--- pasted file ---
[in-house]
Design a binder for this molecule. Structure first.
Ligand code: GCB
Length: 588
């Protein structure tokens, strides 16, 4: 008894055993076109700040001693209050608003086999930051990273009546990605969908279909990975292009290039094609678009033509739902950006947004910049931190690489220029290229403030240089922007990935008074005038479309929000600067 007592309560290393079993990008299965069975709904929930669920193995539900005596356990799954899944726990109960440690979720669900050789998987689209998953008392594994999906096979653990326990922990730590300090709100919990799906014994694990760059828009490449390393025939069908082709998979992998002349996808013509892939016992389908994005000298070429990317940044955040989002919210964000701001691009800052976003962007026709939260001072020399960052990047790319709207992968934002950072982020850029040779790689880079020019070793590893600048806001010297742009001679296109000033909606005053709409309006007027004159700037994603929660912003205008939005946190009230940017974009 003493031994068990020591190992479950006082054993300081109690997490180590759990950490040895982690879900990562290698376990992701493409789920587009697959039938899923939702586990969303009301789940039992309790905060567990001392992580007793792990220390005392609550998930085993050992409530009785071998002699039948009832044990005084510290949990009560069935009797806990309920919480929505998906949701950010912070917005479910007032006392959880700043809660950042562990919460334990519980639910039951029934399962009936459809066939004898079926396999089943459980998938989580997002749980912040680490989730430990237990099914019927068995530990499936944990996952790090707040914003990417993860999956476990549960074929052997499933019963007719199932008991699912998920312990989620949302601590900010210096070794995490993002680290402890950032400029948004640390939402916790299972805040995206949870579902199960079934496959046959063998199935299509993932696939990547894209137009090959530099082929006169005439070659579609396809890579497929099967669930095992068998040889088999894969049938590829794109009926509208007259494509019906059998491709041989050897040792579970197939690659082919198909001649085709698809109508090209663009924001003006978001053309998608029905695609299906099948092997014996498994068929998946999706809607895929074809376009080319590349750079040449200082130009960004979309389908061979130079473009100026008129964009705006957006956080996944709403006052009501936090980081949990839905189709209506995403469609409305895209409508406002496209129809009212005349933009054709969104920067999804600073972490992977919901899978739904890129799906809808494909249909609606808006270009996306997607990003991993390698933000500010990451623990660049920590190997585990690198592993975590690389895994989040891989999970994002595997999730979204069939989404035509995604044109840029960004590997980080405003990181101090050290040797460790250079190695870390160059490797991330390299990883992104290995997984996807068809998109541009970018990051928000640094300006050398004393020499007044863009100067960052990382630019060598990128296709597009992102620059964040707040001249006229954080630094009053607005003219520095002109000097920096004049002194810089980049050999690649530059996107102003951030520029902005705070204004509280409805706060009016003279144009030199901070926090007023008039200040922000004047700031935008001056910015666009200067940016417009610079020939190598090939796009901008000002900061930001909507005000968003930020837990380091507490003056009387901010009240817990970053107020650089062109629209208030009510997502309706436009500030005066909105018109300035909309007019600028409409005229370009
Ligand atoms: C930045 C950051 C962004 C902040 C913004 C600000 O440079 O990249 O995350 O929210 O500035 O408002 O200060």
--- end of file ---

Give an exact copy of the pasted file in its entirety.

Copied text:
[in-house]
Design a binder for this molecule. Structure first.
Ligand code: GCB
Length: 588
């Protein structure tokens, strides 16, 4: 008894055993076109700040001693209050608003086999930051990273009546990605969908279909990975292009290039094609678009033509739902950006947004910049931190690489220029290229403030240089922007990935008074005038479309929000600067 007592309560290393079993990008299965069975709904929930669920193995539900005596356990799954899944726990109960440690979720669900050789998987689209998953008392594994999906096979653990326990922990730590300090709100919990799906014994694990760059828009490449390393025939069908082709998979992998002349996808013509892939016992389908994005000298070429990317940044955040989002919210964000701001691009800052976003962007026709939260001072020399960052990047790319709207992968934002950072982020850029040779790689880079020019070793590893600048806001010297742009001679296109000033909606005053709409309006007027004159700037994603929660912003205008939005946190009230940017974009 003493031994068990020591190992479950006082054993300081109690997490180590759990950490040895982690879900990562290698376990992701493409789920587009697959039938899923939702586990969303009301789940039992309790905060567990001392992580007793792990220390005392609550998930085993050992409530009785071998002699039948009832044990005084510290949990009560069935009797806990309920919480929505998906949701950010912070917005479910007032006392959880700043809660950042562990919460334990519980639910039951029934399962009936459809066939004898079926396999089943459980998938989580997002749980912040680490989730430990237990099914019927068995530990499936944990996952790090707040914003990417993860999956476990549960074929052997499933019963007719199932008991699912998920312990989620949302601590900010210096070794995490993002680290402890950032400029948004640390939402916790299972805040995206949870579902199960079934496959046959063998199935299509993932696939990547894209137009090959530099082929006169005439070659579609396809890579497929099967669930095992068998040889088999894969049938590829794109009926509208007259494509019906059998491709041989050897040792579970197939690659082919198909001649085709698809109508090209663009924001003006978001053309998608029905695609299906099948092997014996498994068929998946999706809607895929074809376009080319590349750079040449200082130009960004979309389908061979130079473009100026008129964009705006957006956080996944709403006052009501936090980081949990839905189709209506995403469609409305895209409508406002496209129809009212005349933009054709969104920067999804600073972490992977919901899978739904890129799906809808494909249909609606808006270009996306997607990003991993390698933000500010990451623990660049920590190997585990690198592993975590690389895994989040891989999970994002595997999730979204069939989404035509995604044109840029960004590997980080405003990181101090050290040797460790250079190695870390160059490797991330390299990883992104290995997984996807068809998109541009970018990051928000640094300006050398004393020499007044863009100067960052990382630019060598990128296709597009992102620059964040707040001249006229954080630094009053607005003219520095002109000097920096004049002194810089980049050999690649530059996107102003951030520029902005705070204004509280409805706060009016003279144009030199901070926090007023008039200040922000004047700031935008001056910015666009200067940016417009610079020939190598090939796009901008000002900061930001909507005000968003930020837990380091507490003056009387901010009240817990970053107020650089062109629209208030009510997502309706436009500030005066909105018109300035909309007019600028409409005229370009
Ligand atoms: C930045 C950051 C962004 C902040 C913004 C600000 O440079 O990249 O995350 O929210 O500035 O408002 O200060």